Sure, I can do that.

 

 

 

 

Toddler Survival: Book Recommendation

We turned the corner into total threenager territory this past weekend. Mae has been rebellious and a bit rude. So I picked back up How to Talk So Little Kids Will Listen, and while we are still in a challenging phase, this book is giving me tools to help decrease the level of emotional outbursts we have.

The book gives a lot of helpful, practical tips to incorporate into your everyday life with a toddler, but here are the two that I have been able to really implement over the last few days:

  1. Just give information, instead of an accusation. This is SO simple, yet I wasn’t doing it and it seems to really work. For example, instead of saying “Can you put your shoes away?” I say “I see shoes on the floor.” When I just convey the information to Mae, she just does the task (80% of the time)!

2. Instead of telling her what to do, I ask her how she’d like to do it (problem solving). For instance, I usually would have asked “What do you want for breakfast?” This almost always turns into me asking a half dozen times and her flip flopping between different ideas and driving me crazy. This morning, I said “We need to figure out breakfast.” I invited her to problem solve with me. She immediately got excited about making a smoothie! We haven’t made one in months, and I would have never thought to suggest it, but she did, and it was a healthy choice!

 

As a college professor, I see such a lack of critical thinking abilities in my students. They are told what to do and what to memorize in school. I just read my students’ midterm self-assessments and 75% of them said they wished high school had better prepared them.

So, I like how this parenting style invites your child to problem solve and recognize what needs to be done. It both makes life easier in the moment and encourages them to think for themselves in the future.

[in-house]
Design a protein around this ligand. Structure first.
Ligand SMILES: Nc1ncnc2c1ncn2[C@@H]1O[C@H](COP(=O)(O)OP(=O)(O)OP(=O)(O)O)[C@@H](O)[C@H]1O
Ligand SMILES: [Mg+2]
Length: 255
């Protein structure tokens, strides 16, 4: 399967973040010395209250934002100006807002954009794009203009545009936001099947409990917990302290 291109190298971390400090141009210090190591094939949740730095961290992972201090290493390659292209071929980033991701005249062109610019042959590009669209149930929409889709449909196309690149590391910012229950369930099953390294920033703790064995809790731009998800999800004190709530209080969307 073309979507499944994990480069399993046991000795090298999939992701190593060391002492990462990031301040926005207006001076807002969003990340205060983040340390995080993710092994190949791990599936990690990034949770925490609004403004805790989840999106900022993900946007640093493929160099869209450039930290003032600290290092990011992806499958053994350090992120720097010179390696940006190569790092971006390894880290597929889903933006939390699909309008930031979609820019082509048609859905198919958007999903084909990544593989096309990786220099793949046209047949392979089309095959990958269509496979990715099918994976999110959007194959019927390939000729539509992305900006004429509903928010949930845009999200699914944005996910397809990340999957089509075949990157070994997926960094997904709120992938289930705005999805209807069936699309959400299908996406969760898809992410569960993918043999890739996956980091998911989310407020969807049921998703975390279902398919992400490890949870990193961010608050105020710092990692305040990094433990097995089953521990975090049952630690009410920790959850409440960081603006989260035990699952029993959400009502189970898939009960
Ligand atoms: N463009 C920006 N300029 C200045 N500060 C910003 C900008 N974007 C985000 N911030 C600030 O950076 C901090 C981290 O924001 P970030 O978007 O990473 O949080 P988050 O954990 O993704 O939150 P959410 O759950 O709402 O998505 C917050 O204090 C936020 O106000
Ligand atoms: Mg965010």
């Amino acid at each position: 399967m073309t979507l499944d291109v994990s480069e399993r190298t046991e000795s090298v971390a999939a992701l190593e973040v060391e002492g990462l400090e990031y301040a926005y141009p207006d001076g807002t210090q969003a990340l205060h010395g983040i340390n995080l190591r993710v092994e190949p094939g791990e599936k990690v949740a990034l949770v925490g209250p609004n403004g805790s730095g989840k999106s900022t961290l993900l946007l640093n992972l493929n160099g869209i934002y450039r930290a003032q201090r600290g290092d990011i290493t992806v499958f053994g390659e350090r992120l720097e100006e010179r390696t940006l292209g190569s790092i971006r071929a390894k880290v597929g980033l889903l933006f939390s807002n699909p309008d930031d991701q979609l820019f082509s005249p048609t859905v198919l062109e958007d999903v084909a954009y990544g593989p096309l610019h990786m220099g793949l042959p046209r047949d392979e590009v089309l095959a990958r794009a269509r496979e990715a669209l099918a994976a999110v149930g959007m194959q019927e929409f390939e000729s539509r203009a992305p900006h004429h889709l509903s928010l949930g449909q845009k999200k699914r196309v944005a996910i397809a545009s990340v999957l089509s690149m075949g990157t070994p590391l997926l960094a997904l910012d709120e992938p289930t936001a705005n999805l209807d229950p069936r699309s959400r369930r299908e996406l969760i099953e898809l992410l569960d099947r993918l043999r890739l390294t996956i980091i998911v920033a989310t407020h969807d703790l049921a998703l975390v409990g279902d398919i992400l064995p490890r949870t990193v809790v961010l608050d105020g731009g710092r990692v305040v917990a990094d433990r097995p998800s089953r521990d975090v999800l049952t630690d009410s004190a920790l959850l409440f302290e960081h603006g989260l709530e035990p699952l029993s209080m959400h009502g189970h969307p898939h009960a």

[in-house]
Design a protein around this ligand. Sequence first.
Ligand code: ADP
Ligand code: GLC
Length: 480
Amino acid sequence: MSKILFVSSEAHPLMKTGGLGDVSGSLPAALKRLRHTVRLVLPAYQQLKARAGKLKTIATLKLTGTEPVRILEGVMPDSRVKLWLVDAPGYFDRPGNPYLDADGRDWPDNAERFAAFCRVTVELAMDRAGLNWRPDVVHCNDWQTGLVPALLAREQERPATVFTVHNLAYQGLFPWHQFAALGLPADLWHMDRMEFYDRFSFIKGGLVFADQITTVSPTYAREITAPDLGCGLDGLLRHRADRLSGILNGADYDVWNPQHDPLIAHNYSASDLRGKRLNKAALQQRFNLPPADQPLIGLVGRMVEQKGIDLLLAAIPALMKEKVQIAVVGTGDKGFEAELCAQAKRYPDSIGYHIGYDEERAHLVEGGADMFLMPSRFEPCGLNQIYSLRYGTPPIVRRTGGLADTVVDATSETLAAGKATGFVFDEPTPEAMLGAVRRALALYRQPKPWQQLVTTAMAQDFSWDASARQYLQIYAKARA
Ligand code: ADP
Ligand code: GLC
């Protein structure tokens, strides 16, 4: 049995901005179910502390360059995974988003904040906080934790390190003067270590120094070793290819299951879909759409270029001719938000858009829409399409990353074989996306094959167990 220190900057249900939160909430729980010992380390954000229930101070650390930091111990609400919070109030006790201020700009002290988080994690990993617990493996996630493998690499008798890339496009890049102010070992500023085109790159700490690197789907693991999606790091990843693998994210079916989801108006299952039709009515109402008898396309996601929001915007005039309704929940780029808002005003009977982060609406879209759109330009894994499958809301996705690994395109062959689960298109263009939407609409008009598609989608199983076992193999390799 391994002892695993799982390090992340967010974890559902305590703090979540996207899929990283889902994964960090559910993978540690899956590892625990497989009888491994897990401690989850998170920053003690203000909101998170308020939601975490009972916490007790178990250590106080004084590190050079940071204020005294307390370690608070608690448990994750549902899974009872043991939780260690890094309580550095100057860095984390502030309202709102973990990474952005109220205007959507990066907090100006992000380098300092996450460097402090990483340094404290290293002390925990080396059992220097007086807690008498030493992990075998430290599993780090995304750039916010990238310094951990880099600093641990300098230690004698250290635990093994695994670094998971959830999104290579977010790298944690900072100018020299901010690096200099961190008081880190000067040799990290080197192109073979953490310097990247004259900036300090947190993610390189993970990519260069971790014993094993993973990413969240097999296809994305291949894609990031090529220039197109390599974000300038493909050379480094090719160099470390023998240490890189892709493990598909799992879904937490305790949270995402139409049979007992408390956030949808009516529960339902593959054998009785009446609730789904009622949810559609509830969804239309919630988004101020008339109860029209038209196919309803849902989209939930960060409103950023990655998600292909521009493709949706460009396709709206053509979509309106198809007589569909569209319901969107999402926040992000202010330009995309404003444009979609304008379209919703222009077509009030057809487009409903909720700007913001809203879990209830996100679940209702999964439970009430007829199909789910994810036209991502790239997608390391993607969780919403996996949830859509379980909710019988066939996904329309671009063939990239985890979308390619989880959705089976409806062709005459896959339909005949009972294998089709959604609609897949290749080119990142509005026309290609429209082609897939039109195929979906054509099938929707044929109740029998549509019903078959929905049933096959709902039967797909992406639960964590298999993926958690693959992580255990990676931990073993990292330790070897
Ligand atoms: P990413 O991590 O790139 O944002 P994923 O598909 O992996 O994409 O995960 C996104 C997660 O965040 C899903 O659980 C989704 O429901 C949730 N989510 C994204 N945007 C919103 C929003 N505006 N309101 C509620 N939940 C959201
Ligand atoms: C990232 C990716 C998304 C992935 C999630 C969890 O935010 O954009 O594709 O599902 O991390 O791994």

I Went to See a Psychiatrist: it was awesome 

Y’all, I’m proud.

I did it. I went to see a psychiatrist.

I’ve been talking openly with my OBGYN about my concerns and likelihood of a second bout with postpartum anxiety after this pregnancy, and I’ve been making a plan, but I still just felt worried. I know from working with so many other moms that I was really lucky that a simple Zoloft script from my doctor did the trick last time. What if it doesn’t this time? What if I could do better? Care for myself better? Then yes, obviously I should go see a psychiatrist who specializes in Postpartum/Perinatal mental health, BUT…..then the voices come in:

You’re fine. Don’t be weak. You said you’d make it to 36 weeks before taking medication.

You’re doing enough already. You don’t need all that. You aren’t crazy.

Why can’t you just be like normal women? Everyone else is fine.

Y’all, I know these voices are bullshit, but here they were. 

But I made the appointment and when I voiced my disappointment in myself, my partner said, without hesitation, “You’re taking care of yourself, which means you’re taking care of baby James.” Damn. That’s right. Isn’t that what I would say to any other mom but myself?

So I went today. And I was a little panicky in the waiting room, and I was letting myself feel ashamed for being there. 

I reminded myself how many times I’d wished this for friends and family, that they’d seek the care they needed, and I was no different. But it was scary. 

And it was all worth it. When you go see an expert, they can actually give you expert advice. Surprise! I felt so much safer and protected just from talking with the doctor. I realized that the OBGYN has been great and open to my concerns, but this is a doctor who is looking out for me, especially my mental health. I finally felt like my mental health was the priority and that made me feel so reassured about the future and the next year ahead of me. I’d never even thought that one had to consider blood volume and metabolism and pregnancy and how complicated medication can get then.

We talked about medicine but also about protecting my sleep. She gave me permission to advocate for myself in ways I wouldn’t have thought of. 

So, I took care of me. And I’m taking care of baby. And I have a safety net. I recommend any mom who is thinking of taking this next step in care to do it. Let me know if you have questions!